Even when my other children took over farms in the name of correcting land
imbalances, I did not see anything wrong with it.

I even smiled when your leaders started supporting you by giving you
different capital inputs. You were given free fuel, what did you do with it,
did you use it for farming? Some of you sold it and used the money on non
farming related activities.

You were given fertiliser and seeds some of you sold everything to satisfy
your other egos without even thinking of farming.

Some were even lucky enough to receive tractors and others used those
tractors as means of transport to different drinking spots and what happened

They were involved in accidents due to intoxication. Others used the
tractors to ferry firewood from the trees cut down from the newly acquired
farms and concentrated on doing rounds selling firewood and channelled the
money to other non farming activities. Others took over farms with all the
farming equipment and infrastructure in place, and what did they do?

They sold most of the expensive machinery and vandalised the infrastructure
to make a quick buck not knowing farming is a long-term project, capital
intensive and needs a lot of patience.
Today you still cry for the same inputs and machinery which you abused long

As a result, I now have to import maize and all the other farm produce which
I used to export. Do not tell me most of you stopped maize farming because
tobacco is paying more? Then how do you expect me to retain my position as
the breadbasket of Africa.

They might all disown you my children but as a parent, I will not. I love
you all my children and now I want you to listen and listen very carefully.
I am crying for producers and manufacturers. It’s the solution to my poor
health and lost weight.

Get serious with your producing and manufacturing. It’s time you start
producing and manufacturing with a target to sustain the whole nation. How
do I feel when 70 percent of the products in all the major retail outlets
are imported? I no longer have many products to identify my self with.

There is a very small difference now between someone doing his/her shopping
in Johannesburg or Harare, all their shopping trolleys are filled by the
same products, manufactured by the same manufacturer.

The only difference is that the Harare shopper is paying more because of the
landing cost and the retailers’ mark-up. If my memory serves me right I had
a whole lot of products with my identity. If one of my children brought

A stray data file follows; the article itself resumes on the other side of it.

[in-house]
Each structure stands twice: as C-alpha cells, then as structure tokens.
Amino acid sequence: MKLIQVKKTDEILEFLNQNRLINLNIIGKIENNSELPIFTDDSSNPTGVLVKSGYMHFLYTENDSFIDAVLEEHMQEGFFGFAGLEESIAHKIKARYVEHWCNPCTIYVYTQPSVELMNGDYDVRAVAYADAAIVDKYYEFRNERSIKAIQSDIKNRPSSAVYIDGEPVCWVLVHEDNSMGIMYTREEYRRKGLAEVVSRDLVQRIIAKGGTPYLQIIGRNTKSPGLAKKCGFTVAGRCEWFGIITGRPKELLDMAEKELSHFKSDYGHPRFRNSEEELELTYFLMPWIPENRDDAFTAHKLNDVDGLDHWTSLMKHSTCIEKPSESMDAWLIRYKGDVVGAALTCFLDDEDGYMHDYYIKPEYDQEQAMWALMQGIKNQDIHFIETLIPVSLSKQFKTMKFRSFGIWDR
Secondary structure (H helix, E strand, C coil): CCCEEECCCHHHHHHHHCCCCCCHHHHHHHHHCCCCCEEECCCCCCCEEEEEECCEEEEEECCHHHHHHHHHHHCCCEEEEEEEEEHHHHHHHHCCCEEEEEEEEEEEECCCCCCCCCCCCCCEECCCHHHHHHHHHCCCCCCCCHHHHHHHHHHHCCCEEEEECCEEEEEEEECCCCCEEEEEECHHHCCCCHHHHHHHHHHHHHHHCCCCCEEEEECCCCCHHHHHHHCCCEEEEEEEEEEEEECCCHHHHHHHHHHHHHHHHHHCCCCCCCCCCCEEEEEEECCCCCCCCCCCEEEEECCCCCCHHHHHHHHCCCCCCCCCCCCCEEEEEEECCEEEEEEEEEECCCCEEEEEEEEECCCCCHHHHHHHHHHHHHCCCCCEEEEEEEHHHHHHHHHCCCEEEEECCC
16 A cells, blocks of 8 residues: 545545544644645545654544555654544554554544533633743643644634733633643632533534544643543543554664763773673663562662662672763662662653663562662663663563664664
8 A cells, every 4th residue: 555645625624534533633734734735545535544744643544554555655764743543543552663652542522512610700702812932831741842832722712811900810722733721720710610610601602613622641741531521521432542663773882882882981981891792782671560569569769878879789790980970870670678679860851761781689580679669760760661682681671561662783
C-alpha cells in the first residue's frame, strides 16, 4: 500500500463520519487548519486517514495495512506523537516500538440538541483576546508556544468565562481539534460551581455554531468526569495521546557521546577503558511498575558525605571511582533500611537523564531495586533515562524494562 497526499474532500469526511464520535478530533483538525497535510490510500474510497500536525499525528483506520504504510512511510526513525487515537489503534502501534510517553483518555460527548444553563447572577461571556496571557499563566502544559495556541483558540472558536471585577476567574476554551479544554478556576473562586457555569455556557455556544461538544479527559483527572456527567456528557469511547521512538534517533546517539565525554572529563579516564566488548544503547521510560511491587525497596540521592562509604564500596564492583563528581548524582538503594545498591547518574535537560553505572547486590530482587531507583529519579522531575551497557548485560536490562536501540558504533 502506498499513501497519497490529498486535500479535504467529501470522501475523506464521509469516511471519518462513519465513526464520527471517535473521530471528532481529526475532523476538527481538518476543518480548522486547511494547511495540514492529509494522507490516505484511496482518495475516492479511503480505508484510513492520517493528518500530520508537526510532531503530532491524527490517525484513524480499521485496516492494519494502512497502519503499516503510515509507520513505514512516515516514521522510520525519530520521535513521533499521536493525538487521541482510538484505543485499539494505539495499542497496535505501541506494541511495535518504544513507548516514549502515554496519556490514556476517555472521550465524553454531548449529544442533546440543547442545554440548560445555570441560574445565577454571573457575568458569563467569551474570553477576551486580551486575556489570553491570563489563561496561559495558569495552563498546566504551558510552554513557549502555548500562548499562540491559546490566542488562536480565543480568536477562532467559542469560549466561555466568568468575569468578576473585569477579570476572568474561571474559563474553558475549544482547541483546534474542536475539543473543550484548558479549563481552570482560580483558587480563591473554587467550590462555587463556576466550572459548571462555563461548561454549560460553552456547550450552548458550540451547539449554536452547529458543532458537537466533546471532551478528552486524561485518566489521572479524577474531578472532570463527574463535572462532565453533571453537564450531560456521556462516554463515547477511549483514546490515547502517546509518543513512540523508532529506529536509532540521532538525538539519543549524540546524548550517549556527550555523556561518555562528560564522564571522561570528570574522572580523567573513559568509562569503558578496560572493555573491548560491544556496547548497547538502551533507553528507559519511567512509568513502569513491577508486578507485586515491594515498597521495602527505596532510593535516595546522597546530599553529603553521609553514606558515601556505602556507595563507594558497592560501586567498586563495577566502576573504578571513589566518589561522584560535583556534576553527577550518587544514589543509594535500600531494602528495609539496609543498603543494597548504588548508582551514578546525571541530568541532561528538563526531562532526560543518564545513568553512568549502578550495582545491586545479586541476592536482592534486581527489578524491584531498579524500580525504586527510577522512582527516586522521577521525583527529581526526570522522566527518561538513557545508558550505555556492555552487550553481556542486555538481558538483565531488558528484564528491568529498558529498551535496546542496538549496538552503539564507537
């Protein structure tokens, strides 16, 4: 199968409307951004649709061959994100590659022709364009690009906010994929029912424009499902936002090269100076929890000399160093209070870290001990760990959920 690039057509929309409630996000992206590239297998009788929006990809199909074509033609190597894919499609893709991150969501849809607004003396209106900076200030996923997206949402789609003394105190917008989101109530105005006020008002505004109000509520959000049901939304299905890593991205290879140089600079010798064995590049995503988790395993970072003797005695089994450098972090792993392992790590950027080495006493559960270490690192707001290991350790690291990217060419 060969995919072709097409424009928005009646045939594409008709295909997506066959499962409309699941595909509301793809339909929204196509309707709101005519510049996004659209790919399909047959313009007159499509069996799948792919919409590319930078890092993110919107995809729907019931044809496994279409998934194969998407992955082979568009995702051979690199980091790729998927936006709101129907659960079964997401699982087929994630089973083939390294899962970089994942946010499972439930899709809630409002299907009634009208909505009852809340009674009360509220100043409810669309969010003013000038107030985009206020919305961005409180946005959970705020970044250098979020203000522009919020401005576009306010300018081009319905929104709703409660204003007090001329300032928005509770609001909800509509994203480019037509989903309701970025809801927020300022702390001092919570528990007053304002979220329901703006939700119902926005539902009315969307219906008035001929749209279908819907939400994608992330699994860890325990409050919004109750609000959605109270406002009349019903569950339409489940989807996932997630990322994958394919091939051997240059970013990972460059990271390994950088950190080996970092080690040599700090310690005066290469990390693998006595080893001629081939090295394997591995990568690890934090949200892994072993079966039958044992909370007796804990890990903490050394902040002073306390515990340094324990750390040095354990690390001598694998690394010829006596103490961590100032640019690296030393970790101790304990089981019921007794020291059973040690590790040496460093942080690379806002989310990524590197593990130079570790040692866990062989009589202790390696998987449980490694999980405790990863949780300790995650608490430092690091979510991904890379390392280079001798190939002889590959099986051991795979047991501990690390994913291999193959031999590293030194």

groceries from outside you could notice the difference because the shelves
here were filled with Zimbabwean products with my identity.

Today if one does his or her shopping along First Street and go to Roadport
and call his/her people to come and help carry no one will doubt that they
did the shopping in South Africa.
Producers and manufacturers should start competing with their foreign

Some of you will want to tell me that the foreign producers and
manufacturers are financially stronger. I do not agree to that because no
one is as stronger as all of you put together. Identify yourselves as one
family first, then in the different sectors come together for a unity of

Have you ever realised how much you will save if you pool your resources
together and make a bulk order for your raw materials, instead of 50 of you
travelling to buy the same raw materials in small quantities you can make
one bulk payment through the net.

The advantage is you will get discounts associated with bulk orders,
transport costs will be cheaper as you will share, your business operations
will not be disturbed.

In business, time is money and you will have saved a lot of it and you can
arrange with your freight agent to deliver right to your doorstep. Others
will say the same manufacturers and producers who were here are the ones
doing it from outside with their products finding their way back here, which
maybe true but this is where my producers and manufacturers should come in.

You are to blame for the influx of so many imported products. Some of you
especially SMEs, your products are of very bad quality.

You need to work with the Standards Association of Zimbabwe to improve the
quality of your products. Please stop rushing semi- finished products to the

Try to involve skilled personnel in areas you are not well versed with. My
children, I have noticed with interest that some of your products branding
is not quite appealing, it’s very dull. Sometimes the branding is okay but
the product tells a different story. Today it’s good, tomorrow it’s
something else and you easily fail to maintain quality standards.

I give you an example, one of your brothers bought a 750ml bottle of engine
cleaner and it was very effective, he even recommended it to his employer
but when the employer ordered he was very disappointed as the engine cleaner
was of very poor quality.

The manufacturer deliberately put poor quality products on the market
because he or she wanted to maximise on profit forgetting the negative
effects it will have on the brand. Our customers have lost faith in your
products preferring imported brands. Stop this habit as you are stabbing
yourselves in the back. How do your fellow brothers and sisters support you
when they do not have confidence in your products? Charity begins at home;
it’s time you start building confidence in your brothers and sisters by
producing good high quality products.